How Much Water Does a Leak Waste Anyway?

Obviously, we can state with perfect accuracy the amount of water one leak might waste, as not all leaks are created equal. For this post, however, I will demonstrate that even a small leak can be detrimental to the house and to the pocketbook.
    Let's take one of the smallest noticeable leaks, one milliliter (1 ml/sec) a second. That's 1/30th of an ounce or about 1/6th of a teaspoon every second.
    Simple math will tell you that in 1000 seconds you have a liter or a quarter of a gallon. This doesn't seem like a lot until you realize that the clock never stops. Essentially you will have one gallon of water in just over an hour. That's 86.4 liters or 22.8 gallons every day. Just for a small leak!
    Unfortunately, most leaks aren't that small. The average size leak our technicians are dispatched for range into the 150 ml/sec rate. That leads to over 300 gallons a day of lost water. Enough water to fill a pool a month. This, of course, represents a standard non-catastrophic leak. So much money is lost, and this doesn't even count the damage being done to a slab, drywall, or personal possessions.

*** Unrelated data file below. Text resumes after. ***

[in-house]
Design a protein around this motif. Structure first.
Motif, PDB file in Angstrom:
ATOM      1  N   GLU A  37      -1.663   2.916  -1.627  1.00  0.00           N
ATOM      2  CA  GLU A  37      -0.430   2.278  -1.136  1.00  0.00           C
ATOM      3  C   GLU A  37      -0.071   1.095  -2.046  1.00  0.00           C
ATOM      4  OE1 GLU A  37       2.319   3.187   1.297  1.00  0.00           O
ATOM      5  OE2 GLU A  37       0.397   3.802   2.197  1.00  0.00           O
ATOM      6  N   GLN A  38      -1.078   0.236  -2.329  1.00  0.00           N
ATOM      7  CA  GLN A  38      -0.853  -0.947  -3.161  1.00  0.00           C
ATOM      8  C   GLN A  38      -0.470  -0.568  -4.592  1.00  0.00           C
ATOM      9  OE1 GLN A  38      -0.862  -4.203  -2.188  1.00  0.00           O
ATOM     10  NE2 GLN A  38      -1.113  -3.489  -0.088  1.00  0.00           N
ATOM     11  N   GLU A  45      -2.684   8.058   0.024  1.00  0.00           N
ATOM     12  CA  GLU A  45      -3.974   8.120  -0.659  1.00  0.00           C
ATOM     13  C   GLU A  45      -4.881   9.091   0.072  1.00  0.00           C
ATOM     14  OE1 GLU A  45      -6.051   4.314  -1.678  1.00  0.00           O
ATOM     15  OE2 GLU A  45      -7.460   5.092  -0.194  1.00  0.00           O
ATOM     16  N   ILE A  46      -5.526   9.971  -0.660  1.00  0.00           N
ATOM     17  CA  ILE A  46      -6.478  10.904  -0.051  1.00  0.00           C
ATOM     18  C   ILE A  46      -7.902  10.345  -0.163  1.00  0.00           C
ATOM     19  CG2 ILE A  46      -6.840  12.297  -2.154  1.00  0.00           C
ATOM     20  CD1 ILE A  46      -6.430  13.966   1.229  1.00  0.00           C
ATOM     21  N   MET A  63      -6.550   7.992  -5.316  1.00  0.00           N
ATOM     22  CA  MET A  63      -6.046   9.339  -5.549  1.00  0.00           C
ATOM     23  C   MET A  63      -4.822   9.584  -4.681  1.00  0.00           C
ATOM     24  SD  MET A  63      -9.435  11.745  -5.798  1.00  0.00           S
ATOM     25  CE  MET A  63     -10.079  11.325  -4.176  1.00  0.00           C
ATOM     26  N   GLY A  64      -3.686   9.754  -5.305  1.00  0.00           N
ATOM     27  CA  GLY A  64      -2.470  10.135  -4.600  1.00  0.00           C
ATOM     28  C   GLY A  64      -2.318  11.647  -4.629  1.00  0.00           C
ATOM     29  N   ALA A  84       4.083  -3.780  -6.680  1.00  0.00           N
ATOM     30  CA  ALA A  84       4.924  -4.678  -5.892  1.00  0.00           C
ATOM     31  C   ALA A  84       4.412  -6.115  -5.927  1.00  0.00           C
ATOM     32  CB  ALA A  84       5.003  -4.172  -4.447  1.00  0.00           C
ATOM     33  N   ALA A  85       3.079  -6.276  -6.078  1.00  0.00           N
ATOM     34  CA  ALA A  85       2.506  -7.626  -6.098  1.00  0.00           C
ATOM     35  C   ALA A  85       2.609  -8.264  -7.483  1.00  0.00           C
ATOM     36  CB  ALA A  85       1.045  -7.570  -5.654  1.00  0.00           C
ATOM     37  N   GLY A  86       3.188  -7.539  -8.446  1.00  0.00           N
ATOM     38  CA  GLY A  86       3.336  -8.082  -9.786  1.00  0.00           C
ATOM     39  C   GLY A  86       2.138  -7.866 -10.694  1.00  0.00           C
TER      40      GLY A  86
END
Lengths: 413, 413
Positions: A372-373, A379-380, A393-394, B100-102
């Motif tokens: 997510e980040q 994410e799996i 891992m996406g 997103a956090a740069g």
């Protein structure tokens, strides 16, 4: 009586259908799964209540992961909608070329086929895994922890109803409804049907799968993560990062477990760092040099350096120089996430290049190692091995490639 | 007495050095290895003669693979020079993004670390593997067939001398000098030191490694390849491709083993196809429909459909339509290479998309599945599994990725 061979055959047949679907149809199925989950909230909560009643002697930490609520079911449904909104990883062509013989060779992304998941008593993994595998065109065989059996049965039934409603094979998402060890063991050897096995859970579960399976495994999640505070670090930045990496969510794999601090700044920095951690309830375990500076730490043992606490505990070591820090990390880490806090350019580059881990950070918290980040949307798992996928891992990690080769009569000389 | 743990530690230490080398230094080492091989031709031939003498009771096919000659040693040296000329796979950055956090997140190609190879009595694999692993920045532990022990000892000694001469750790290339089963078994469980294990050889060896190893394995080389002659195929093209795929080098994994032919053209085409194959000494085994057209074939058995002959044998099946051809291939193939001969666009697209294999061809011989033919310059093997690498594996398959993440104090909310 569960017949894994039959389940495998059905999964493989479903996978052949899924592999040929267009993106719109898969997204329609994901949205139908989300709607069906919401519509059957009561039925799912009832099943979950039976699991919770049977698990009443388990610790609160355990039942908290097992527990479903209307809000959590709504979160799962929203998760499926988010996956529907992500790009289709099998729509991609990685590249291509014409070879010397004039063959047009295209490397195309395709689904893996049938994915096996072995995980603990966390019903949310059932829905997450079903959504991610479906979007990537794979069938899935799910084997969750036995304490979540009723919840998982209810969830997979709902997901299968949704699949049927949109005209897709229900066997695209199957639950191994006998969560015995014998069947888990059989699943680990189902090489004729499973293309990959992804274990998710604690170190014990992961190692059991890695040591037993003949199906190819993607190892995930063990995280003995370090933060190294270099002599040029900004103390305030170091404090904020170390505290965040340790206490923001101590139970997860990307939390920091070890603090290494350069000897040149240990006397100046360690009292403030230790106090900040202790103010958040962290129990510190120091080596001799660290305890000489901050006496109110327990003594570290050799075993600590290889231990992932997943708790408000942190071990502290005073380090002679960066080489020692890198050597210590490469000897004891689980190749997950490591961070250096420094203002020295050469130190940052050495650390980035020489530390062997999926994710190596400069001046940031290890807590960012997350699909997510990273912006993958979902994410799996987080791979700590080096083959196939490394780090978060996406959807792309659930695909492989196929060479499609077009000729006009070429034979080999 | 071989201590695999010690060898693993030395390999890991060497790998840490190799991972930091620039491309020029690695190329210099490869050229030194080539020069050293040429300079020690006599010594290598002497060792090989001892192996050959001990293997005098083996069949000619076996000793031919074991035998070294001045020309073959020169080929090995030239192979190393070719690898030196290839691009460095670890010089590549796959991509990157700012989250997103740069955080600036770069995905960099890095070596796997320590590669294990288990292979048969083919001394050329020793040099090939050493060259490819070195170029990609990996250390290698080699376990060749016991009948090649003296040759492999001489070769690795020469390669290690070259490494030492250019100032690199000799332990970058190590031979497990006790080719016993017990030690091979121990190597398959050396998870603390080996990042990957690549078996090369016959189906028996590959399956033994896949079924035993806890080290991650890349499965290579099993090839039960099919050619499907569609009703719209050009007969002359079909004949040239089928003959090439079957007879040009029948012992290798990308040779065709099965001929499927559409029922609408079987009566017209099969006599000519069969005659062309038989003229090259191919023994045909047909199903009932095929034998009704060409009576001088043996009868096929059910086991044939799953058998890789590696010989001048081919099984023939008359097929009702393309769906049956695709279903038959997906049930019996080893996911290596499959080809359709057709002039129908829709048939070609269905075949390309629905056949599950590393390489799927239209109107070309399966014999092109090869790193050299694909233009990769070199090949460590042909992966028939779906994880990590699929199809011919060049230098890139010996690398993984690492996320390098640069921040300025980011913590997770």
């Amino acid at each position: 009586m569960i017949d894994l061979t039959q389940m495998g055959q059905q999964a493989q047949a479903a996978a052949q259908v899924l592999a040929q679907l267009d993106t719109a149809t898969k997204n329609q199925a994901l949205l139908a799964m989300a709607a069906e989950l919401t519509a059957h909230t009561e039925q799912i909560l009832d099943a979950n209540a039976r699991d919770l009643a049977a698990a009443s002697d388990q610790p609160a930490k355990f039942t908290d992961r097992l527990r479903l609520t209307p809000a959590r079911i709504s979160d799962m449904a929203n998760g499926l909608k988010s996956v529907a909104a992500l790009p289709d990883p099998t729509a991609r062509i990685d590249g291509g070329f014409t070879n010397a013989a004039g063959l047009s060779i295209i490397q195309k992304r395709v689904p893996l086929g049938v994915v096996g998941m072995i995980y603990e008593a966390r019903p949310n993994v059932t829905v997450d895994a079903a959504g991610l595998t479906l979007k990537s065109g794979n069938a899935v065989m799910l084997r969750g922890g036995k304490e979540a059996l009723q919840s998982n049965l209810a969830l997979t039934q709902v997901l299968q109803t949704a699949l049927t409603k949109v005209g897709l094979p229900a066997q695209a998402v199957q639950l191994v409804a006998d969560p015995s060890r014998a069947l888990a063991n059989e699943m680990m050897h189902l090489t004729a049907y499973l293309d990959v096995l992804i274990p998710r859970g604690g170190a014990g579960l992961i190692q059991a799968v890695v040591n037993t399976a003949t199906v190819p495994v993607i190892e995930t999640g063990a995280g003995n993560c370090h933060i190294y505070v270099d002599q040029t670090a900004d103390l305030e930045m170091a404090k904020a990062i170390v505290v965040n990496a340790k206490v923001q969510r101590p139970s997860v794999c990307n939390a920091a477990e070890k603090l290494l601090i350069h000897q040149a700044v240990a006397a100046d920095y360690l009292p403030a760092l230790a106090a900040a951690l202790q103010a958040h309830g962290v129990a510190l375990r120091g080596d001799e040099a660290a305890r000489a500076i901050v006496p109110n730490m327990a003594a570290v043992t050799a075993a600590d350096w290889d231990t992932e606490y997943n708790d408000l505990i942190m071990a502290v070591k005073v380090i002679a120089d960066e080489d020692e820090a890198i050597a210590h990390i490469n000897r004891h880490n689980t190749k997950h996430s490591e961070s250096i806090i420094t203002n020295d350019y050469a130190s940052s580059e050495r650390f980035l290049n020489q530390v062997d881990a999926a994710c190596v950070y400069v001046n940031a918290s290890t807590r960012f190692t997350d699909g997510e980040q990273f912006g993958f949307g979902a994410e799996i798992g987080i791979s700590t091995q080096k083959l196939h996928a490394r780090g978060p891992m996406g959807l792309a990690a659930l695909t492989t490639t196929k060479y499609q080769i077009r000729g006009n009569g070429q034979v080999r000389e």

What's worst is that most clients have multiple small leaks. Once a pipe has shown signs of wear through age, then it will start to resemble a colander more than a water channel.
    So if you see your water bill going up every month with no other discernable explanation, you may want to get your pipes inspected for a leak.

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